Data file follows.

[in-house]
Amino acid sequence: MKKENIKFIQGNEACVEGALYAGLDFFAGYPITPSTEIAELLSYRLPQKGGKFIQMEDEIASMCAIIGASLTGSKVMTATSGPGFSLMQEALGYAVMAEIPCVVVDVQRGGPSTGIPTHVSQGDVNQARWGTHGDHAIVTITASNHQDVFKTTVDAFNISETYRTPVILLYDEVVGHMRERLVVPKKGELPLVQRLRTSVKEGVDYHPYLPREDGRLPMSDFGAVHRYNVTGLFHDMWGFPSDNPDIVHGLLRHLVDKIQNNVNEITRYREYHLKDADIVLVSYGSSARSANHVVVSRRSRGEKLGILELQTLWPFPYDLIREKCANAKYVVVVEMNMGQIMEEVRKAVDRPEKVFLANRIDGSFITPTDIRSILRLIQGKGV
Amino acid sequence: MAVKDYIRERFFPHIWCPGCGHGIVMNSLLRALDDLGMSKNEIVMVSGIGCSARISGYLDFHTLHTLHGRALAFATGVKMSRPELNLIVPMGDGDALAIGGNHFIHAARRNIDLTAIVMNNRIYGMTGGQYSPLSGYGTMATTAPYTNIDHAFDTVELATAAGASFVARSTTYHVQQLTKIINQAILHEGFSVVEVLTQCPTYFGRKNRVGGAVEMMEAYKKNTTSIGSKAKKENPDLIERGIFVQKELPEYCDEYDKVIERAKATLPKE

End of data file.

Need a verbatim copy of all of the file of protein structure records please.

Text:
[in-house]
Amino acid sequence: MKKENIKFIQGNEACVEGALYAGLDFFAGYPITPSTEIAELLSYRLPQKGGKFIQMEDEIASMCAIIGASLTGSKVMTATSGPGFSLMQEALGYAVMAEIPCVVVDVQRGGPSTGIPTHVSQGDVNQARWGTHGDHAIVTITASNHQDVFKTTVDAFNISETYRTPVILLYDEVVGHMRERLVVPKKGELPLVQRLRTSVKEGVDYHPYLPREDGRLPMSDFGAVHRYNVTGLFHDMWGFPSDNPDIVHGLLRHLVDKIQNNVNEITRYREYHLKDADIVLVSYGSSARSANHVVVSRRSRGEKLGILELQTLWPFPYDLIREKCANAKYVVVVEMNMGQIMEEVRKAVDRPEKVFLANRIDGSFITPTDIRSILRLIQGKGV
Amino acid sequence: MAVKDYIRERFFPHIWCPGCGHGIVMNSLLRALDDLGMSKNEIVMVSGIGCSARISGYLDFHTLHTLHGRALAFATGVKMSRPELNLIVPMGDGDALAIGGNHFIHAARRNIDLTAIVMNNRIYGMTGGQYSPLSGYGTMATTAPYTNIDHAFDTVELATAAGASFVARSTTYHVQQLTKIINQAILHEGFSVVEVLTQCPTYFGRKNRVGGAVEMMEAYKKNTTSIGSKAKKENPDLIERGIFVQKELPEYCDEYDKVIERAKATLPKE